Stefan Broer

Profile

Biography

Stefan studied Biochemistry at the University of Tuebingen/Germany from 1981 to 1986. He completed his Masters in 1987 and moved to the Research Center in Juelich where he worked on amino acid producing bacteria during his PhD. He was awarded his PhD in 1991 and moved to the University of Illinois in Chicago as a research fellow of the German Science Foundation. In 1993 he was appointed as Junior Lecturer at the University of Tuebingen in the Institute of Physiological Chemistry. In 1998 Stefan was promoted to Senior Lecturer and moved to the Institute of Physiology at the University of Tuebingen. In 2000 Stefan moved to ANU as a Senior Lecturer in the School of Biochemistry and Molecular Biology. He was promoted to Associate Professor in 2006 and to full Professor in 2008. Stefan was treasurer and council member of the Australian Physiological Society from 2005-2009.

Research

Research awards

Research interests

Membrane transporters in health and disease.

Recent grants

  • Broer, S. and A. Enders. (2014) AUD 440,172, 3 years, Phospholipid dependent signaling in B-cells, NHMRC, Project Grant GNT1061288
  • Broer, S. (2013) AUD 637,131, 3 years, SLC6A19 - Human target validation and assay generation, Sanofi-Aventis, Sponsored research 
  • Broer, S. (2012) AUD 50,540, 2 years, The role of amino acids in insulin resistance, Sanofi-Aventis, Sponsored research 
  • Broer, S. (2011) AUD 120,000, Real time monitor for cell growth and motility, The Australian National University, Major Equipment Grant 11MEC23
  • Broer, S., et al. (2010) AUD 379,125, 3 Years, The role of the glutamine transporter SNAT3 in ion transport, cell signaling and ammonia detoxification, NHMRC, Project Grant 585479
  • Broer, S. (2009) AUD 284250, 3 Years, Metabolic complexes of the brush-border membrane, NHMRC, Project Grant 284250.

Publications

Selected publications

  • Tumer, E., Broer, A., Balkrishna, S., Julich, T. and Broer, S. (2013) Enterocyte-specific regulation of the apical nutrient transporter SLC6A19 (B(0)AT1) by transcriptional and epigenetic networks. The Journal of biological chemistry. 288, 33813-33823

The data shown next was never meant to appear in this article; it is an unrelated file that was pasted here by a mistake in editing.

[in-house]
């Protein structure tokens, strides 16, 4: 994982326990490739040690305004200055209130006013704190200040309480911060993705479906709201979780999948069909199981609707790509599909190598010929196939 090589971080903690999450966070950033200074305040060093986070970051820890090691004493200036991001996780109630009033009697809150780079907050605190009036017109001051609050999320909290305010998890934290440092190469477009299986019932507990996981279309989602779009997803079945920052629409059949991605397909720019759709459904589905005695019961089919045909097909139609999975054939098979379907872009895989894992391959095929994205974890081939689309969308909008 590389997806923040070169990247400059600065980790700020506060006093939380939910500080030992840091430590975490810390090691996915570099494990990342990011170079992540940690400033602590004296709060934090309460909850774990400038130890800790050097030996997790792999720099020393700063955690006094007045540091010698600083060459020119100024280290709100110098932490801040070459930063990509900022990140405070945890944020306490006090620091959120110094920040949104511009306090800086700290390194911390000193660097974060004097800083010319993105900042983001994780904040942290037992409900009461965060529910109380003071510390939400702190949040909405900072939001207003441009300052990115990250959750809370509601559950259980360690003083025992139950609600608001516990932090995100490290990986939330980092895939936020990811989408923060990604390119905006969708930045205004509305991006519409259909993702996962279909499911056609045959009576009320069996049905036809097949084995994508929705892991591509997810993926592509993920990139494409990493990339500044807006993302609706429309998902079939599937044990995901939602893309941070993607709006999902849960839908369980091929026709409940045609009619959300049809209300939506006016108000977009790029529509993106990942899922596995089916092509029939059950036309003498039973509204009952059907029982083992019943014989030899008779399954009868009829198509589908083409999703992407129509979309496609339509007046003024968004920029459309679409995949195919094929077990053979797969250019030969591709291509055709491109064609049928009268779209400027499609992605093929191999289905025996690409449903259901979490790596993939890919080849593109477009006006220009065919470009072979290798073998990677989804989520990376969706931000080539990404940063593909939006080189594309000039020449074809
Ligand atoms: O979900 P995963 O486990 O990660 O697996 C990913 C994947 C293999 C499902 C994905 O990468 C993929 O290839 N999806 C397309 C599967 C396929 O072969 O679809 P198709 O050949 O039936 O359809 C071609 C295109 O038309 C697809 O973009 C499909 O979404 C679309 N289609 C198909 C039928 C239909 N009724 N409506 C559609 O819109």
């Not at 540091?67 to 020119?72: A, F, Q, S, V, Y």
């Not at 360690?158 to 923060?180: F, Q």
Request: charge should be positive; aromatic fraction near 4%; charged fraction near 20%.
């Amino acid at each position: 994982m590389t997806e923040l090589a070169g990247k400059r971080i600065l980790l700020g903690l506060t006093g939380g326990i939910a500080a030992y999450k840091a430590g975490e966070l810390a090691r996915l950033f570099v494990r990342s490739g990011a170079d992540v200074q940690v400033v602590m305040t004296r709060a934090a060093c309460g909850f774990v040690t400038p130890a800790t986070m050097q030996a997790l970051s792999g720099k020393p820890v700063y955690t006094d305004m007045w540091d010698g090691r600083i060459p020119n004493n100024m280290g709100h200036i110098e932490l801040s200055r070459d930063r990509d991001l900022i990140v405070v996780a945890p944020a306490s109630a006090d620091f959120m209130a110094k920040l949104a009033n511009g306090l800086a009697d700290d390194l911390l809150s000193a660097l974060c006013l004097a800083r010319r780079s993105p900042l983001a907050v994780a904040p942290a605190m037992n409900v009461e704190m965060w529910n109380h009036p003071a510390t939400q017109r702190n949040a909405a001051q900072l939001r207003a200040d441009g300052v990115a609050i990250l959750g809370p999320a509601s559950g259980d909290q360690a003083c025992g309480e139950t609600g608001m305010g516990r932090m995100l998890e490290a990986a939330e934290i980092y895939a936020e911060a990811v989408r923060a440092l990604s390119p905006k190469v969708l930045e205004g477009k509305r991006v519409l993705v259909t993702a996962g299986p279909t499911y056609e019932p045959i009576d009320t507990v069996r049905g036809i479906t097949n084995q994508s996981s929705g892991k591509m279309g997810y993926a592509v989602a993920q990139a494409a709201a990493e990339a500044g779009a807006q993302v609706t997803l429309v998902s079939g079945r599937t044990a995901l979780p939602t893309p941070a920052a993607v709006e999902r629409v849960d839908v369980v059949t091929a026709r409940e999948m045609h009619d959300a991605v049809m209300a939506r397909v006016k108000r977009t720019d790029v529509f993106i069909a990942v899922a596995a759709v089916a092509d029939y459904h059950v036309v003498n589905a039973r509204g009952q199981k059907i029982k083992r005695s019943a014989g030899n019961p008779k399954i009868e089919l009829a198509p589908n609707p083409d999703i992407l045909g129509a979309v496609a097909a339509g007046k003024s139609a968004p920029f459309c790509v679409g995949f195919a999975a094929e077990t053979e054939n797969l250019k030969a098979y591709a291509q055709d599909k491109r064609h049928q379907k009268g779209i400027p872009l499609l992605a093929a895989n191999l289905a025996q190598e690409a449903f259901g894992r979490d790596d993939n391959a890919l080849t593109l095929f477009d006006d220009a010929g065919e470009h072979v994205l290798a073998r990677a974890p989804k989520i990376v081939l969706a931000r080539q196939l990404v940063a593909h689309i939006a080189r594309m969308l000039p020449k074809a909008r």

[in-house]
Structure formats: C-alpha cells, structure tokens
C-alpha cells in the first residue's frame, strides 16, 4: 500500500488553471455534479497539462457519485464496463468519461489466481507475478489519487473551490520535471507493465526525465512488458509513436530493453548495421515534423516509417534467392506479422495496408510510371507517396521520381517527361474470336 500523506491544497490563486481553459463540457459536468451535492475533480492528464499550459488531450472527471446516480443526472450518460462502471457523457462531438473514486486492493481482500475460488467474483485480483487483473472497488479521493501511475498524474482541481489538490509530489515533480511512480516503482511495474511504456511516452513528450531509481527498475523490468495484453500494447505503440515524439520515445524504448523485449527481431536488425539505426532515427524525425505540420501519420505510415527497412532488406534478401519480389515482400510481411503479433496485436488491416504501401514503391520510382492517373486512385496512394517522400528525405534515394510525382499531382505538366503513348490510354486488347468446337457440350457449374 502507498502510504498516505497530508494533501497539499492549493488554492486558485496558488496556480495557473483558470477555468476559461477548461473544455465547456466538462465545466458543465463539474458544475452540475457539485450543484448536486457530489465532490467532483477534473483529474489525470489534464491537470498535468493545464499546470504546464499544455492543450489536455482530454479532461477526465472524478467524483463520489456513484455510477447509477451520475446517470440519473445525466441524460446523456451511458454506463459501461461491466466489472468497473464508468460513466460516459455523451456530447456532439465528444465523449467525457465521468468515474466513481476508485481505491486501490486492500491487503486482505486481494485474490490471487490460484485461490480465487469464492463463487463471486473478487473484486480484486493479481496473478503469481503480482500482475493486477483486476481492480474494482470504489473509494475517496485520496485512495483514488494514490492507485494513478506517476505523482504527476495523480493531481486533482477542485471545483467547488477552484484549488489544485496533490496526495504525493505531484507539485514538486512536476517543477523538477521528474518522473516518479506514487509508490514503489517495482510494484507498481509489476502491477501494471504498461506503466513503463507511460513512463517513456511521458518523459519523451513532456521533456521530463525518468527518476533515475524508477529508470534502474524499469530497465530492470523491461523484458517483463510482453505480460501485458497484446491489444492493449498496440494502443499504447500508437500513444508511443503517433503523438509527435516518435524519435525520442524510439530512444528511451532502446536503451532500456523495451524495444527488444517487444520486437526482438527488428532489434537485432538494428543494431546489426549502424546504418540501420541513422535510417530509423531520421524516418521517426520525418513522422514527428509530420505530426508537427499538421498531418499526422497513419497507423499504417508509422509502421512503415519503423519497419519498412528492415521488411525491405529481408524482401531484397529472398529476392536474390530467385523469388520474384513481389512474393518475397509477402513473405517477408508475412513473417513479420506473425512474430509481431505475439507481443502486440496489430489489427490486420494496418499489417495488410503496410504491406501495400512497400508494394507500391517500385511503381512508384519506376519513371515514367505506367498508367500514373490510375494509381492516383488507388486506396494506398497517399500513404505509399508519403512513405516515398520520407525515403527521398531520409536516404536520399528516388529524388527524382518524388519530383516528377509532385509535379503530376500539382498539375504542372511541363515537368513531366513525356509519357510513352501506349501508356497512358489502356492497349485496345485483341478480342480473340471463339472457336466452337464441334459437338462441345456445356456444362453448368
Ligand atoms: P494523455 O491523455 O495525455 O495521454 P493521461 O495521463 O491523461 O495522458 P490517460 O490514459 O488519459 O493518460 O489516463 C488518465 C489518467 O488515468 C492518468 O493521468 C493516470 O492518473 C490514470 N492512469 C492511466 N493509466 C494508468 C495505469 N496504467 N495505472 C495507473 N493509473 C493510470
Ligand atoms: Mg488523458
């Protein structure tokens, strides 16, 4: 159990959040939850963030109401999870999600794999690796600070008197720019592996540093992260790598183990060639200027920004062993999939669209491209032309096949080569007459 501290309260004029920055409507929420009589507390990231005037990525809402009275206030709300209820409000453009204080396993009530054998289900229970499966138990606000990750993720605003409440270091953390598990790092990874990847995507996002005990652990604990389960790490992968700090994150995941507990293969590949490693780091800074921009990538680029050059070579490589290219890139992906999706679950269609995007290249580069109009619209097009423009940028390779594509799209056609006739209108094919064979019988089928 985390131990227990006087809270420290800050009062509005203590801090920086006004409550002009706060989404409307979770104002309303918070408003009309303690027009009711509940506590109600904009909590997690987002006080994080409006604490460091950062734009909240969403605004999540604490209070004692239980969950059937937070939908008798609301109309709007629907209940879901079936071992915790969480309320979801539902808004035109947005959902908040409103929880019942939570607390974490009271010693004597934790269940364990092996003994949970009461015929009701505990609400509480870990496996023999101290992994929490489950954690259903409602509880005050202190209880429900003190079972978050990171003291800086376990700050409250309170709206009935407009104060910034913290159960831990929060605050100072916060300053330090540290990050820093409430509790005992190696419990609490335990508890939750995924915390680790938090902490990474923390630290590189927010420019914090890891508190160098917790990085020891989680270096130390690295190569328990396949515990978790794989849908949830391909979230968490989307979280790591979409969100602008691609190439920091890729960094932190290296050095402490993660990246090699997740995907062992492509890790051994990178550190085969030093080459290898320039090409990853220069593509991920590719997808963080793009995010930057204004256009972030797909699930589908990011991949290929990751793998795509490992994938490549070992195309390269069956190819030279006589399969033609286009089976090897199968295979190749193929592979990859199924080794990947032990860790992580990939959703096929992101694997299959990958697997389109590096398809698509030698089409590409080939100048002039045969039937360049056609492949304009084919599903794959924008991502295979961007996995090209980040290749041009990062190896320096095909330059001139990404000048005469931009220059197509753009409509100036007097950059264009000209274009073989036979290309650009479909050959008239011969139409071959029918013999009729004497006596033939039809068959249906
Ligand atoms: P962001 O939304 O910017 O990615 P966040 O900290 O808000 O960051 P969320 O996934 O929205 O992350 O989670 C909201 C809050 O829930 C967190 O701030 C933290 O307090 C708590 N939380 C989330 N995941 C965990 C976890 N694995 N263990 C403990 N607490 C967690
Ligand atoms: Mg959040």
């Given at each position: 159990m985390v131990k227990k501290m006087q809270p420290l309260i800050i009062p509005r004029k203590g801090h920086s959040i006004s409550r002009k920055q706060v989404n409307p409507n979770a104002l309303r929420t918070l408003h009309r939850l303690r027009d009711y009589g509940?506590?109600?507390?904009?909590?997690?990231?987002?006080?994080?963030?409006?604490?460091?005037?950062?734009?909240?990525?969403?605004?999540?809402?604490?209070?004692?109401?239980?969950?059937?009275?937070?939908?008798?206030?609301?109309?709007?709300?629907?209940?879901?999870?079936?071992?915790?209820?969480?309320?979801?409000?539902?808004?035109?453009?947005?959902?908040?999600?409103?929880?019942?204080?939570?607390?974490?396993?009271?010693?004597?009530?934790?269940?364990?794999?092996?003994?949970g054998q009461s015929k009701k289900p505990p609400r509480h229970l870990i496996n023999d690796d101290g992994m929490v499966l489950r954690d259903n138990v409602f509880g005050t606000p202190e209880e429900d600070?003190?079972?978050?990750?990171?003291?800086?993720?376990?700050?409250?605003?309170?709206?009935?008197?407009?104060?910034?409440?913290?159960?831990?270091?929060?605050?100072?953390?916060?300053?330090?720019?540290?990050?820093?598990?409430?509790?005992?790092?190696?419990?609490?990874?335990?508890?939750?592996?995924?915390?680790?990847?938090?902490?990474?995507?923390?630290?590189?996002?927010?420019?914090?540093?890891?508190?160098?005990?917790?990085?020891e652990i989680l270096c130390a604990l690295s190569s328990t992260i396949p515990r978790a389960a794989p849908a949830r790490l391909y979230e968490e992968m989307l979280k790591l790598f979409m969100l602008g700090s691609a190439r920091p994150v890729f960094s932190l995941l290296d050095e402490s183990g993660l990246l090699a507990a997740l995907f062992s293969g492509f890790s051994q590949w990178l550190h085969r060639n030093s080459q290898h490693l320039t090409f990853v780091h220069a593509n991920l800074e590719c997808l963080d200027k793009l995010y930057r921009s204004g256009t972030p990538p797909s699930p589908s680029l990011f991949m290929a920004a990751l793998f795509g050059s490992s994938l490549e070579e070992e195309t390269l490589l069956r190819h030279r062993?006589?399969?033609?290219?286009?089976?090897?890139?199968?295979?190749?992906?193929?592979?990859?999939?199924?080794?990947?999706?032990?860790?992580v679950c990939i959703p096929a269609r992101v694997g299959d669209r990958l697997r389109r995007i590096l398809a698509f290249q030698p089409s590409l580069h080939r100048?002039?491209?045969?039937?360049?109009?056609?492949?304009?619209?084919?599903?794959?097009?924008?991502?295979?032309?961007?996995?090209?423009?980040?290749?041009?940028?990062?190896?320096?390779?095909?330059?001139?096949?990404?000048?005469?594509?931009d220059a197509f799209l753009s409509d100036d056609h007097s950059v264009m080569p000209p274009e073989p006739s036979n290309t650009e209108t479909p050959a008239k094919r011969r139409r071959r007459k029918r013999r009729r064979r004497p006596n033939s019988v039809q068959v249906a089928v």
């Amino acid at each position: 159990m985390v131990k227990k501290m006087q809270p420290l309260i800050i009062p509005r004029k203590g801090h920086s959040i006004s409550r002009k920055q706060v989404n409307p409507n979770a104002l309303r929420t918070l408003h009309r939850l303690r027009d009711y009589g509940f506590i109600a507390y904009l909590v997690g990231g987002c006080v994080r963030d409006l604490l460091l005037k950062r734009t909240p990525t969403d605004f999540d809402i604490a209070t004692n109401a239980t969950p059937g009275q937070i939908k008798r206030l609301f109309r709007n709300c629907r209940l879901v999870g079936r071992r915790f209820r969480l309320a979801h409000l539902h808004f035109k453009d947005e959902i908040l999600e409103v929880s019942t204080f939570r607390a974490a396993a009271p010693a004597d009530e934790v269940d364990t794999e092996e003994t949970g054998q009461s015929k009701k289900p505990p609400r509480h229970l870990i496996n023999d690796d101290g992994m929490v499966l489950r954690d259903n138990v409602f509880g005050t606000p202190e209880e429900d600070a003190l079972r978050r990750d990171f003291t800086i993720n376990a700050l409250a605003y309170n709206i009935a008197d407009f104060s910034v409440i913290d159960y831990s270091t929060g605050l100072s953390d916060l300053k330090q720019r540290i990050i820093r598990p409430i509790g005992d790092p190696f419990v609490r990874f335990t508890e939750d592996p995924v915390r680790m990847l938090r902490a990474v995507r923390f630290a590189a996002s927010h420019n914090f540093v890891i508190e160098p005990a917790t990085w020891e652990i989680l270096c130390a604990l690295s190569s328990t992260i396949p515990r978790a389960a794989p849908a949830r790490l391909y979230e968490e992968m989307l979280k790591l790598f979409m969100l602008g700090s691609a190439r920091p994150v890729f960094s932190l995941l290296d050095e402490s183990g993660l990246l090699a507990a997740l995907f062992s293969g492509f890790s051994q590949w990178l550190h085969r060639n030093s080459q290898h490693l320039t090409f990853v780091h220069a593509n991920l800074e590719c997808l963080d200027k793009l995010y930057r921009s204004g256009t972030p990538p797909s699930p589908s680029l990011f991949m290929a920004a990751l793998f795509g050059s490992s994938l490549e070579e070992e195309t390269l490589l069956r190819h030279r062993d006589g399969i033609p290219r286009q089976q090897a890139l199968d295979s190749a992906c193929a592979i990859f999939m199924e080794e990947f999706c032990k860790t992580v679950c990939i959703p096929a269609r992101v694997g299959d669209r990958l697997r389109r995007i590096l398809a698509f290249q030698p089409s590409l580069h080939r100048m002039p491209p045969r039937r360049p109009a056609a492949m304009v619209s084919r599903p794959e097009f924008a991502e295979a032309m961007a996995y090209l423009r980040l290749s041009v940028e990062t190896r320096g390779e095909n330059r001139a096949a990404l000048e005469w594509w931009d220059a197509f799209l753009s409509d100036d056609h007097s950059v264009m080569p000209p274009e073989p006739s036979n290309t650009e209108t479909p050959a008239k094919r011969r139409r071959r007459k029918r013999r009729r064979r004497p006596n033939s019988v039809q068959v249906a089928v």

• Yabas, M., Teh, C. E., Frankenreiter, S., Lal, D., Roots, C. M., Whittle, B., Andrews, D. T., Zhang, Y., Teoh, N. C., Sprent, J., Tze, L. E., Kucharska, E. M., Kofler, J., Farell, G. C., Broer, S., Goodnow, C. C. and Enders, A. (2011) ATP11C is critical for the internalization of phosphatidylserine and differentiation of B lymphocytes. Nat Immunol. 12, 441-449
  • Broer, S. and Palacin, M. (2011) The role of amino acid transporters in inherited and acquired diseases. Biochem J. 436, 193-211
  • Broer, A., Juelich, T., Vanslambrouck, J. M., Tietze, N., Solomon, P. S., Holst, J., Bailey, C. G., Rasko, J. E. and Broer, S. (2011) Impaired Nutrient Signaling and Body Weight Control in a Na+ Neutral Amino Acid Cotransporter (Slc6a19)-deficient Mouse. J Biol Chem. 286, 26638-26651
  • Bailey, C. G., Ryan, R. M., Thoeng, A. D., Ng, C., King, K., Vanslambrouck, J. M., Auray-Blais, C., Vandenberg, R. J., Broer, S. and Rasko, J. E. (2011) Loss-of-function mutations in the glutamate transporter SLC1A1 cause human dicarboxylic aminoaciduria. J Clin Invest. 121, 446-453
  • Kowalczuk, S., Broer, A., Tietze, N., Vanslambrouck, J. M., Rasko, J. E. and Broer, S. (2008) A protein complex in the brush-border membrane explains a Hartnup disorder allele. Faseb J. 22, 2880-2887
  • Seow, H. F., Broer, S., Broer, A., Bailey, C. G., Potter, S. J., Cavanaugh, J. A. and Rasko, J. E. (2004) Hartnup disorder is caused by mutations in the gene encoding the neutral amino acid transporter SLC6A19. Nat Genet. 36, 1003-1007
  • Broer, A., Klingel, K., Kowalczuk, S., Rasko, J. E., Cavanaugh, J. and Broer, S. (2004) Molecular Cloning of Mouse Amino Acid Transport System B0, a Neutral Amino Acid Transporter Related to Hartnup Disorder. J Biol Chem. 279, 24467-24476.

All publications

Updated:  16 February 2019/Responsible Officer:  Director RSB/Page Contact:  Webmaster RSB